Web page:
OPEN LETTER TO BARACK OBAMA ON HIS AUTOBIOGRAPHY “A PROMISED LAND” Part 63 “The financial system was in a meltdown and taking the American economy with it… I believed that these outcomes weren’t inevitable, but rather were the result of political choices dating back to Ronald Reagan. Under the banner of economic freedom—an “ownership society” was the phrase President Bush used—Americans had been fed a steady diet of tax cuts for the wealthy and seen collective bargaining laws go unenforced”

Former U.S. President Ronald Reagan (L) presents then, president-elect Bill Clinton (R) with a jar of jelly beans during Clinton's visit to Reagan's office in Los Angeles in this November 27, 1992

Ronald Reagan Bill Clinton with a jar of jelly beans in November of 1992. 

January 23, 2021

Office of Barack and Michelle Obama
P.O. Box 91000
Washington, DC 20066

Dear President Obama,

I wrote you over 700 letters while you were President and I mailed them to the White House and also published them on my blog http://www.thedailyhatch.org .I received several letters back from your staff and I wanted to thank you for those letters.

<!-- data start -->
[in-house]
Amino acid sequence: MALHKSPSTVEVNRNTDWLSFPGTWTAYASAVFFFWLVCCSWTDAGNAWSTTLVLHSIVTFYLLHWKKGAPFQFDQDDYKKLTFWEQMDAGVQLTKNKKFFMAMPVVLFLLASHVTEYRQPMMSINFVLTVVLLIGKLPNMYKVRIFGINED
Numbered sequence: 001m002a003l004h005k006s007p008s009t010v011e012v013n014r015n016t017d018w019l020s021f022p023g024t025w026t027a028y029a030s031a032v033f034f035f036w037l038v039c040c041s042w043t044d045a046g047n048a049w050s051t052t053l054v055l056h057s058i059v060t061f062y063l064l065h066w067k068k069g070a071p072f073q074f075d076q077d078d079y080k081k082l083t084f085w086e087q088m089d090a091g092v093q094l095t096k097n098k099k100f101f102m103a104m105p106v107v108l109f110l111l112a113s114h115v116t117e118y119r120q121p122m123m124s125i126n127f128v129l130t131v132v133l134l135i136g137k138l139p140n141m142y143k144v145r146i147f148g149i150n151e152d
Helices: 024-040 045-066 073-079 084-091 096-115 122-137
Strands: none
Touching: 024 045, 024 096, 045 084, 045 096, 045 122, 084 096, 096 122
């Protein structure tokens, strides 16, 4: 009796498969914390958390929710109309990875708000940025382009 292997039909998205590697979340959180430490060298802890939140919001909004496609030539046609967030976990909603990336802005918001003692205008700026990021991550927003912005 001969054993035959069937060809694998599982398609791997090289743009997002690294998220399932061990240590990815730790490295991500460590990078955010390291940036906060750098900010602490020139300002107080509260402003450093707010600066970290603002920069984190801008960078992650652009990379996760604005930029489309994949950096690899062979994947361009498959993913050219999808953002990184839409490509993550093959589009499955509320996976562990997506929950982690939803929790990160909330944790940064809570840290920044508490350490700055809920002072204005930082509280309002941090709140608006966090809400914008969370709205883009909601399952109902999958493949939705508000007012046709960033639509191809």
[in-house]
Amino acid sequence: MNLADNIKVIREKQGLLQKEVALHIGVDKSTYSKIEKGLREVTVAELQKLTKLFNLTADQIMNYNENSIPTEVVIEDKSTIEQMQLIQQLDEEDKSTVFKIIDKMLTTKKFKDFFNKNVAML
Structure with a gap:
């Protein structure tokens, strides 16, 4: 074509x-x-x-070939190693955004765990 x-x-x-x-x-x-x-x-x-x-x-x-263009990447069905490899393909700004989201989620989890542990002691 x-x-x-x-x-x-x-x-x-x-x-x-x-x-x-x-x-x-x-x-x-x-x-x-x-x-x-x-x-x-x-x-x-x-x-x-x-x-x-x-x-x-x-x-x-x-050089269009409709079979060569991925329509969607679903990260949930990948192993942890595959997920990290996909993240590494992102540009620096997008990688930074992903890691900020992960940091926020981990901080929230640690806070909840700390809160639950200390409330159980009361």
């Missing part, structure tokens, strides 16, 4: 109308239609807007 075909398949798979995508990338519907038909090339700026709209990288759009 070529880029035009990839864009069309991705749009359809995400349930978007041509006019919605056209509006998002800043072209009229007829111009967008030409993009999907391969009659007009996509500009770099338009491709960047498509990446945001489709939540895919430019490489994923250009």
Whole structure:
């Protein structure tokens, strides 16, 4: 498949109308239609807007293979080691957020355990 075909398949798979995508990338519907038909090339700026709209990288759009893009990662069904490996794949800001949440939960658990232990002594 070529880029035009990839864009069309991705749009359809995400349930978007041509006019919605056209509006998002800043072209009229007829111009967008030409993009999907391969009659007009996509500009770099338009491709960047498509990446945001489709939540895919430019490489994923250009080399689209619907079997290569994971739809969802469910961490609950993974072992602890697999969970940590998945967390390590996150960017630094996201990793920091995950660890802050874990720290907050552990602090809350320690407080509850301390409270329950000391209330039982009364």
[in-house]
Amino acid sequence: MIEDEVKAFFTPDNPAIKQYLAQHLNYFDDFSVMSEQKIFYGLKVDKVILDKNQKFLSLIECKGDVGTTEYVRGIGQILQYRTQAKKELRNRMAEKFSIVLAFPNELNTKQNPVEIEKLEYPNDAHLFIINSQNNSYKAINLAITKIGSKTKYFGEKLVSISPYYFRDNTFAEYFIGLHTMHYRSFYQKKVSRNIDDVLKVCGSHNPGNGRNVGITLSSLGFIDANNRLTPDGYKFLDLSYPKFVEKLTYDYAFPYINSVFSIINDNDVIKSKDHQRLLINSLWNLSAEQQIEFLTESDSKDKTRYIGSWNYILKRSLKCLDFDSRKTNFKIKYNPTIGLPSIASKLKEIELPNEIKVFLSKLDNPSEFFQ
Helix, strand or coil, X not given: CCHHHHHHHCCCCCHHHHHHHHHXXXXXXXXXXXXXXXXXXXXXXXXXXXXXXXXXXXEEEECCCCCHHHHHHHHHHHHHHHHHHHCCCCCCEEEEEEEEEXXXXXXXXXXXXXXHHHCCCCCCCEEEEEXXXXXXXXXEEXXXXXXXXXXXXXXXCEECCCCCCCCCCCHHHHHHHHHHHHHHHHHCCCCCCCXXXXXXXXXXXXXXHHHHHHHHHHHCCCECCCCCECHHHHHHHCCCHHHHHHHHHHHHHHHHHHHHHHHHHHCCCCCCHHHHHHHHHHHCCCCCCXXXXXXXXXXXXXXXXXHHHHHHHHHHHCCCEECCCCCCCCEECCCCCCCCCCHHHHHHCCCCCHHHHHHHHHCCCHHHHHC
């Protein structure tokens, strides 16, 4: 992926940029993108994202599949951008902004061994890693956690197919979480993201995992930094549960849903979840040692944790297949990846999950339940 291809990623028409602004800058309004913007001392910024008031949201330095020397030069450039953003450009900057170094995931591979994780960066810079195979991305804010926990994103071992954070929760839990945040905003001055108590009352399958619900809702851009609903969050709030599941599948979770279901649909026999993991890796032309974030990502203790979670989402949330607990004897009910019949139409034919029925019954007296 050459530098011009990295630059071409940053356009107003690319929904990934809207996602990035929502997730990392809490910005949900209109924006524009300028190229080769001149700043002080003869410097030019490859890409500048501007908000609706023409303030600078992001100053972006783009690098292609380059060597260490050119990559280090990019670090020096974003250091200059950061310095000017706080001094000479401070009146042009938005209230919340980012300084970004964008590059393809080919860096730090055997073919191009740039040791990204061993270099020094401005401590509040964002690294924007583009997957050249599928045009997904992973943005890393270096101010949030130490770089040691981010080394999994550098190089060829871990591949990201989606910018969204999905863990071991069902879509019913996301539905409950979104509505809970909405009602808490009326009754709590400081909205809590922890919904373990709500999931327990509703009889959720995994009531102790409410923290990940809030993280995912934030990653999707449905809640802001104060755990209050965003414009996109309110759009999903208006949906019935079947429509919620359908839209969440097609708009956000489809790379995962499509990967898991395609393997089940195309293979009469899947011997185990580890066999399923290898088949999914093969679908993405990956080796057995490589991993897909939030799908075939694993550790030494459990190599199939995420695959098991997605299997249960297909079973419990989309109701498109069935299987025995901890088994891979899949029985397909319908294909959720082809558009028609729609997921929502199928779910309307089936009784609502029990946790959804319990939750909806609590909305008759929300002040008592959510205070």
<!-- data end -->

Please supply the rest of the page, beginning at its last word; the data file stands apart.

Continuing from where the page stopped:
I have been reading your autobiography A PROMISED LAND and I have been enjoying it. 

Let me make a few comments on it, and here is the first quote of yours I want to comment on:

The financial system was in a meltdown and taking the American economy with it.
     Although Iraq had been the biggest issue at the start of our campaign, I had always made the need for more progressive economic policies a central part of my argument for change. As I saw it, the combination of globalization and revolutionary new technologies had been fundamentally altering the American economy for at least two decades. U.S. manufacturers had shifted production overseas, taking advantage of low-cost labor and shipping back cheap goods to be sold by big-box retailers against which small businesses couldn’t hope to compete. More recently, the internet had wiped out entire categories of office work and, in some cases, whole industries.